In the pages of the Washington Post, Robert Kagan (a former McCain advisor) went one better, accusing the president of secretly rooting for Ahmadinejad to crush the protesters so he could get on with the business of appeasing Iran. "What Obama needs," wrote Kagan, "is a rapid return to peace and quiet in Iran, not continued ferment. His goal must be to deflate the opposition, not to encourage it." Kagan went on to ruefully note that as disturbing as Obama's betrayals are, it's "what ‘realism' is all about."

Columnist Jonah Goldberg urged the President to insert himself into Iran's democratic struggles with high-minded rhetoric. What was stopping Obama? Only realism, Goldberg wrote, "the worst thing" about the Republican Party and the root of Obama's rhetorical reluctance. Writing on the website of the neoconservative journal Commentary Magazine, Jonathan Tobin decried the Obama administration as - horror of horrors - the second term of George H. W. Bush.

Despite the outrage, few of the President's critics have been able to muster any actual evidence that Iran's protesters want President Obama to use the bully pulpit more forcefully, or that the President could successfully direct the wave of Iranian dissatisfaction to our liking even if he did speak out. It is merely enough that he mouth the right platitudes.

It's clear why neoconservatives are launching this two-pronged assault on both Obama and his reputed realism. For eight years, neoconservative ideas were in ascendancy (particularly during the first four years of President George W. Bush's term). And while they wrap themselves in the mantle of American idealism, the actual results of their policymaking were, shall we say, less than ideal. President Bush did speak out boldly against North Korea and Iran. And both made considerable gains in their nuclear capabilities. From Egypt to Georgia, President Bush - egged on by neoconservative pundits and analysts - wrote rhetorical checks he had no intention (or ability) to cash.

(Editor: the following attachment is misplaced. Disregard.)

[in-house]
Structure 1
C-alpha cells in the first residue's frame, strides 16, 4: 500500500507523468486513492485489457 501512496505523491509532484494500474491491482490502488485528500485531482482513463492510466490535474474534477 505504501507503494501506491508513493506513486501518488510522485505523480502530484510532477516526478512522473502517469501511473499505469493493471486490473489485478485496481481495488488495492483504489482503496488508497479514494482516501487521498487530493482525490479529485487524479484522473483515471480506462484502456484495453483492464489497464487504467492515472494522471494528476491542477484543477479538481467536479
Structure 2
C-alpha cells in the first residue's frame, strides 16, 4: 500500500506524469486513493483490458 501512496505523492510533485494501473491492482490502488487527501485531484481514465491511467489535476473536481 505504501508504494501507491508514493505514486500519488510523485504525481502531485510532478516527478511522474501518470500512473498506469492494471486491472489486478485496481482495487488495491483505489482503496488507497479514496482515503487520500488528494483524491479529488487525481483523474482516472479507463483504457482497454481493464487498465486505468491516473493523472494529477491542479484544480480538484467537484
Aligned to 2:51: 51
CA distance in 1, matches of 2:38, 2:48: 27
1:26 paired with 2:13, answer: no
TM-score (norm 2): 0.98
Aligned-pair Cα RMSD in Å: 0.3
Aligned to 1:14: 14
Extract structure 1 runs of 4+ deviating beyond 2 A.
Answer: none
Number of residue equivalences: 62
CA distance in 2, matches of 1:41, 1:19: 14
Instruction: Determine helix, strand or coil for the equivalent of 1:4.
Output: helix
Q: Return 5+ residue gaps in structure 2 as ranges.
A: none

While it makes sense that neoconservatives would fight hard to salvage their legacy, it's less clear why Republicans would want to join them at the barricades. The public, to date, has been supportive of President Obama's handling of foreign policy in general, and of Iran in particular. A majority of respondents approved of Obama's approach to foreign policy in a recent Times/CBS News poll - tracking similar findings this month from Pew Research. A plurality of likely voters surveyed by Rasmussen Reports support the president's handling of Iran.

Perhaps the public's mood will sour as the regime in Tehran continues to up its violent ante. Or maybe the American public is onto something. For all the sins of realism, real and imagined, it's worth asking if any supposedly realist president has led the country into the strategic cul-de-sac which is the Iraq War - where it is considered a victory when only 340 Iraqis died violent deaths in May. This neoconservative brain child has wrought a steep cost in American blood and treasure, to say nothing of immense Iraqi suffering. Key to early U.S. failures in Iraq were baseless assertions of how Iraqi society would respond when their dictator was overthrown. The same voices browbeating the President to intervene forcefully in Iran were heard in 2002 expounding on the virtues of Iraq's middle class, its strong nationalism (which trumped sectarian and tribal loyalties), the capacity of its oil wealth to facilitate reconstruction and - above all - the gratitude its people would show America's occupying force.

Is it any wonder President Obama is ignoring them now?